The New York Toy Fair offered a microcosm of trends in children’s products.

Last weekend, New York City’s Javits Center was host to a trade show unlike any other. The annual Toy Fair offered no shortage of colorful characters, tech gadgets and new releases slated to hit the $26 billion US toy market—all while providing a window into several key trends playing out in the 12-and-under market.

Progressive play

Though often beloved, dolls have been criticizing for reinforcing the traditional gender stereotypes that have faced increasing backlash. In recent years, dolls have become more diverse, reflecting girls in STEM or dolls with a variety of body types for the first time. This year’s Toy Fair, however, pushed the gender envelope in new ways.

One of the most anticipated toys of the fair was Tonner Doll’s Jazz Jennings doll, the first doll to represent a transgender individual. At 16 years old, Jazz Jennings is the star of TLC’s docuseries “I Am Jazz,” as well as an activist and YouTube vlogger whose achievements have been recognized by Time Magazine, Teen Vogue and President Obama.

Left: Jazz Jennings doll box set. Right: Jazz's red carpet look.

Tonner Dolls, which has previously featured other groundbreaking individuals including plus-size model Emme, struck up the partnership with Jennings after founder Robert Tonner was moved by Jennings’ story in an early interview. However, although the packaging features Jennings’ name, the doll steers clear of using her gender identification to define the product, choosing instead to celebrate Jazz as she is.

“It depicts her at her age, and it’s just a cute, pretty little girl doll,” said Michelle Hodge, a Tonner representative. “It’s a beautiful doll. Nothing else.”

Elsewhere, Boy Story made its first appearance at the Toy Fair following a successful 2016 Kickstarter campaign. Boy Story’s “action dolls” are a unique toy that blends traditional dolls with elements of action figures like the ability to contort limbs into poses. According to a representative, Boy Story dolls not only tackle the stigma around doll play for boys, but also seek to expand girls’ perceptions of dolls.

Boy Story's 'Mason' and 'Billy' dolls, launched in November.

Boy Story is not alone in their mission: Earlier this month, American Girl launched its first boy doll, Logan Everett. American Girl and Tonner Dolls have both received their share of negative feedback, from doll traditionalists as well as progressives who question their motives. But both launches demonstrate that the toy industry will continue its attempts to keep pace with shifting ideas and morals surrounding gender.

AR meets real-world play

Augmented reality was one of the breakout technologies of 2016, so it was no surprise to see several new companies at the Toy Fair adapting AR into games. New offerings that managed to blend the excitement of AR with traditional, physical elements of play were especially attention-grabbing.

“It’s inevitable that kids will be using devices,” a spokesperson for Pai Technology told the Innovation Group. “But [parents] want that distraction to be safe and fun. It’s about making sure the developmental process kids do need to go through isn’t overshadowed by tech.”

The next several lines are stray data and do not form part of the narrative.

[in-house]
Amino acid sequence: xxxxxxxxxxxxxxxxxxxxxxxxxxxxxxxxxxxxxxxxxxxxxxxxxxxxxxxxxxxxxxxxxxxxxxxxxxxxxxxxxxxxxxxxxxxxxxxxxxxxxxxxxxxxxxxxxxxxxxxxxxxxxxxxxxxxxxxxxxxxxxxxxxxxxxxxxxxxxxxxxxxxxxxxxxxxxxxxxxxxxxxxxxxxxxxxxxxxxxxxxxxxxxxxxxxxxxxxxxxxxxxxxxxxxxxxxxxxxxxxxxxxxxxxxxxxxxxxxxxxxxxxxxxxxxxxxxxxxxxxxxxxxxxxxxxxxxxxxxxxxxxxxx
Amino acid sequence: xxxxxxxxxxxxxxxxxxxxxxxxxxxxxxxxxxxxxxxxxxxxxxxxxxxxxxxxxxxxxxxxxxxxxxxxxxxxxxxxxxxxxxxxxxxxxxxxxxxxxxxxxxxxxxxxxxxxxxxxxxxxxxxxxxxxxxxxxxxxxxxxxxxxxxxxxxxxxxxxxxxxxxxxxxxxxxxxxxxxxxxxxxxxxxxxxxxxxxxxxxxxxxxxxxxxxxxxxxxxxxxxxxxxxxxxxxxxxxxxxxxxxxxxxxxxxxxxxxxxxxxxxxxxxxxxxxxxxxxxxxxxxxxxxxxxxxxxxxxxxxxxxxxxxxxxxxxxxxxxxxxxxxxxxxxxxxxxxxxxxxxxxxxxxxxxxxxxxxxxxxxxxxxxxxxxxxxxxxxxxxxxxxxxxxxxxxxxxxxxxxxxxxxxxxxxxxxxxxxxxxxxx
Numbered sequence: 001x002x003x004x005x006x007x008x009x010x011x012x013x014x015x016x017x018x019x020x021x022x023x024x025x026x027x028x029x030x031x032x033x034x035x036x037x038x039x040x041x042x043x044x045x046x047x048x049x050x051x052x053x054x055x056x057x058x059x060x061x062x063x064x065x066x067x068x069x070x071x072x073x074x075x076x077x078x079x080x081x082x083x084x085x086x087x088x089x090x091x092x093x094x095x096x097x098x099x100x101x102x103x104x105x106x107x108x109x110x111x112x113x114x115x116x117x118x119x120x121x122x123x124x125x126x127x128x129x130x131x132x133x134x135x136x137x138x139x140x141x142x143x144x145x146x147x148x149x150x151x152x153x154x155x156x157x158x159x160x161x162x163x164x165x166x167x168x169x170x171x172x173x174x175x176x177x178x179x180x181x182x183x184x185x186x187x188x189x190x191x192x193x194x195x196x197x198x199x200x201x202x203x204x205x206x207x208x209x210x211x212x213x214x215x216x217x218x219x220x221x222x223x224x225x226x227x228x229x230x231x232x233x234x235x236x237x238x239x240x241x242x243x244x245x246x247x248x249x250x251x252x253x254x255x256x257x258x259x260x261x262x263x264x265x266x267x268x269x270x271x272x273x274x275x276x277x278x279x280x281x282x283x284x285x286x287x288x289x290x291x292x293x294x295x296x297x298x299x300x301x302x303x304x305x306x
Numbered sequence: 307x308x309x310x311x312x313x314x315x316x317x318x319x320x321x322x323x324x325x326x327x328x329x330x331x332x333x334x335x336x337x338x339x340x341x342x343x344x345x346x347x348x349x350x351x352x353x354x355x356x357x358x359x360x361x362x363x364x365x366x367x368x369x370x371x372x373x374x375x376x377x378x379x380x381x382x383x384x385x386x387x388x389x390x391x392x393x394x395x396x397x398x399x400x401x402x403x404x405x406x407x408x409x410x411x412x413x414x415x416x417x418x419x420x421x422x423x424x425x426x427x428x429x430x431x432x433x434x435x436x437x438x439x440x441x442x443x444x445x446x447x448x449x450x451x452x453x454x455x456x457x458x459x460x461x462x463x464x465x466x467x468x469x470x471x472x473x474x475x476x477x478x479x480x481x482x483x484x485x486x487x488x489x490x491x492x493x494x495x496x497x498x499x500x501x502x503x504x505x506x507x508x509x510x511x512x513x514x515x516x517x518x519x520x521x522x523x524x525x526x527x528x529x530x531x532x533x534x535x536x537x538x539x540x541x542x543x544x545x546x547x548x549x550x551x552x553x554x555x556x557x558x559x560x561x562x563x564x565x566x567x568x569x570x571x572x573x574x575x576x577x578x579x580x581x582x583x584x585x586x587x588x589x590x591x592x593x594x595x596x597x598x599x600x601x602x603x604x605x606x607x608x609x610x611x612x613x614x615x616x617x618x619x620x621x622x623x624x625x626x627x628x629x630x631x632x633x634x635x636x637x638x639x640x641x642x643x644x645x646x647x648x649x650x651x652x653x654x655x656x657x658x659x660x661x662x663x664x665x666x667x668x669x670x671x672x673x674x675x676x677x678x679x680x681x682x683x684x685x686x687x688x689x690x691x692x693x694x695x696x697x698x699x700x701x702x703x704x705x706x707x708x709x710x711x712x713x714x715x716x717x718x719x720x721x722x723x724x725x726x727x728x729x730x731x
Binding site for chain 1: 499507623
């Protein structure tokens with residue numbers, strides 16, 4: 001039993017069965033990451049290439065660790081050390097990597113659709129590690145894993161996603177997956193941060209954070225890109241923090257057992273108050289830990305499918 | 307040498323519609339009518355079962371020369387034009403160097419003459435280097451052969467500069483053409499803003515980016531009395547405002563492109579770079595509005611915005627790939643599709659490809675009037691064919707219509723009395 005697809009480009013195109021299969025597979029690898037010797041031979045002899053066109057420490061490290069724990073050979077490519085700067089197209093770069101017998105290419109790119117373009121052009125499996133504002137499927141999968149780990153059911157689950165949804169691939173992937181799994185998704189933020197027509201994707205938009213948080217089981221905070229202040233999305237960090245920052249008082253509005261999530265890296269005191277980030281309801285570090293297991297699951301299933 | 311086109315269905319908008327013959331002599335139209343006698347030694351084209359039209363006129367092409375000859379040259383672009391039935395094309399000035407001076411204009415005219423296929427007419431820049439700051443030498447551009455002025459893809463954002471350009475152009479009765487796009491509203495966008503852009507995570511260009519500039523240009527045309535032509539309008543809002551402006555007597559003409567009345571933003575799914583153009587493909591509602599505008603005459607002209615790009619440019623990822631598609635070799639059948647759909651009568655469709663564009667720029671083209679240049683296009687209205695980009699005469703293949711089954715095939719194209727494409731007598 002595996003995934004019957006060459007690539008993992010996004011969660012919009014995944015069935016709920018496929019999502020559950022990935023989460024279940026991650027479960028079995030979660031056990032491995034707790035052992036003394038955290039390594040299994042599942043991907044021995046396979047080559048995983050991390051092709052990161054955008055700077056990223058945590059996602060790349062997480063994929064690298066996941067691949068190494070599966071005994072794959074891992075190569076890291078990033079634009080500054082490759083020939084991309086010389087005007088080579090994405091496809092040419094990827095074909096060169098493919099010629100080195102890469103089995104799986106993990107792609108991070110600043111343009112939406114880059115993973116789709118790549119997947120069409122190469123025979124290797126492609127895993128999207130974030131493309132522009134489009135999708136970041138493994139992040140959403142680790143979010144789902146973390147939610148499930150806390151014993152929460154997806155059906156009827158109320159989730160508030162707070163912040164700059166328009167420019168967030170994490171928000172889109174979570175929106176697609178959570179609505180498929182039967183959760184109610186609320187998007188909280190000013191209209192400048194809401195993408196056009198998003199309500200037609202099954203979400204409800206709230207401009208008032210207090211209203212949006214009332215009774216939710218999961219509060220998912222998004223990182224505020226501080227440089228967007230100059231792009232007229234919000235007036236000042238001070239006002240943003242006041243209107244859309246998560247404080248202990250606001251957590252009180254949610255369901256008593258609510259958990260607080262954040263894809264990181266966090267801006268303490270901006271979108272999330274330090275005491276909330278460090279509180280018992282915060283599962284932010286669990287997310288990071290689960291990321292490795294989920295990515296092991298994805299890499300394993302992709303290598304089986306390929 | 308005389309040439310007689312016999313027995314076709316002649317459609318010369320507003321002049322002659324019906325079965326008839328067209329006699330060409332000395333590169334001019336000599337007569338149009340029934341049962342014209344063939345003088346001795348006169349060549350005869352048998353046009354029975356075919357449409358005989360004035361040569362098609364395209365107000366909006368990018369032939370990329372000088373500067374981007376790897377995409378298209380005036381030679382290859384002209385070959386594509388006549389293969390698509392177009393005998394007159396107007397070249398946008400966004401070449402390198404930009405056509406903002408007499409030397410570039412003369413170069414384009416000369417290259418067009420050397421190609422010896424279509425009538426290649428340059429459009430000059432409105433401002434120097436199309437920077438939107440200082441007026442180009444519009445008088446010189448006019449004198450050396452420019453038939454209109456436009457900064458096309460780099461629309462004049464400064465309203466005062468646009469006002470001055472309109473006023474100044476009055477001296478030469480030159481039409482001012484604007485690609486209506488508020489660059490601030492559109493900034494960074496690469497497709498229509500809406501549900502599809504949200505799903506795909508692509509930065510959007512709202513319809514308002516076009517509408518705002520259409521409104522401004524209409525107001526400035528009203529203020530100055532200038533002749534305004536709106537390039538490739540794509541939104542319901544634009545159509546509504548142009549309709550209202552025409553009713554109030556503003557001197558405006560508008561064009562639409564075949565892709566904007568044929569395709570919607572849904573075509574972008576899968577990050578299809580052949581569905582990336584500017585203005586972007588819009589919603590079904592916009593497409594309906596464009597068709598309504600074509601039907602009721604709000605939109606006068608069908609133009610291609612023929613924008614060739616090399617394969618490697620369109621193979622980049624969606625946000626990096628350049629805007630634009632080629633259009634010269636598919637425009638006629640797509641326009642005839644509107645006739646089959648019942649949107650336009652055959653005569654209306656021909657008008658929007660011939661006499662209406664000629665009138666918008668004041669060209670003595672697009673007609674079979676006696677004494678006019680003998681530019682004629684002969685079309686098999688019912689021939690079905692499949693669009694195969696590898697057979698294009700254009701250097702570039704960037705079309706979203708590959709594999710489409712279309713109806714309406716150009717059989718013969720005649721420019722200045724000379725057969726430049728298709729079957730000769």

Pai Technology recently launched Ocean Pets, which lets children mold fish from clay and then upload their creations into an AR-based virtual fishbowl. Next month, the company plans to launch the interactive “TJ and the Beanstalk” storybook, which combines reading with AR-enabled pages that come to life on a smartphone or tablet. Future launches include the Pai Kodee robot, which teaches coding but can also interact with real-world objects through AR.


UK-based Mardles is launching a similar line of AR-enabled storybooks, available globally in June. Because virtual reality headsets are not approved for children under 12, Mardles’ interactive 360° videos offer a different form of immersive storytelling, according to a Mardles representative—one that doesn’t sacrifice literary development. Mardles also offers AR-enabled sticker books and coloring books, which, in addition to bringing drawings to life, offer educational facts throughout the experience.

Although the viral success of 2016’s Pokémon Go showed how much AR-based games appeal to children, concerns about the impact of technology on childhood development could lead parents to limit screen time. Standout companies will find ways to use new technology to enhance, not detract from, real-world play.

For more, see our October story, Augmented reality evolves.

Grown-up Tech

The Toy Fair also reflected other recent advances in technology. Following the home invasions staged by Alexa and Google Home, several companies are developing voice companies for children. Mattel’s Aristotle was on display, an AI voice assistant designed to understand children. Far more promising, however, was the Woobo, an AI companion installed in a kid-friendly plush companion. The Woobo begins shipping in October 2017.

Kid-friendly tech also took its cues from adult products in other areas. Octopus by Joy, an Apple Watch-like wearable designed to teach children good habits and time management skills, made its first appearance at the fair. The Kickstarter-funded project is currently available for pre-orders. As both products have yet to hit the market, it will be interesting to see how the “kidult” tech market fares.

Octopus by Joy

Finally, robotics and coding toys were abundant at the fair, with companies including Zozbot WowWee and Technology Will Save Us offering to teach children the basics of coding and programming.

For more on kid-friendly tech, see our trends roundup from CES 2017.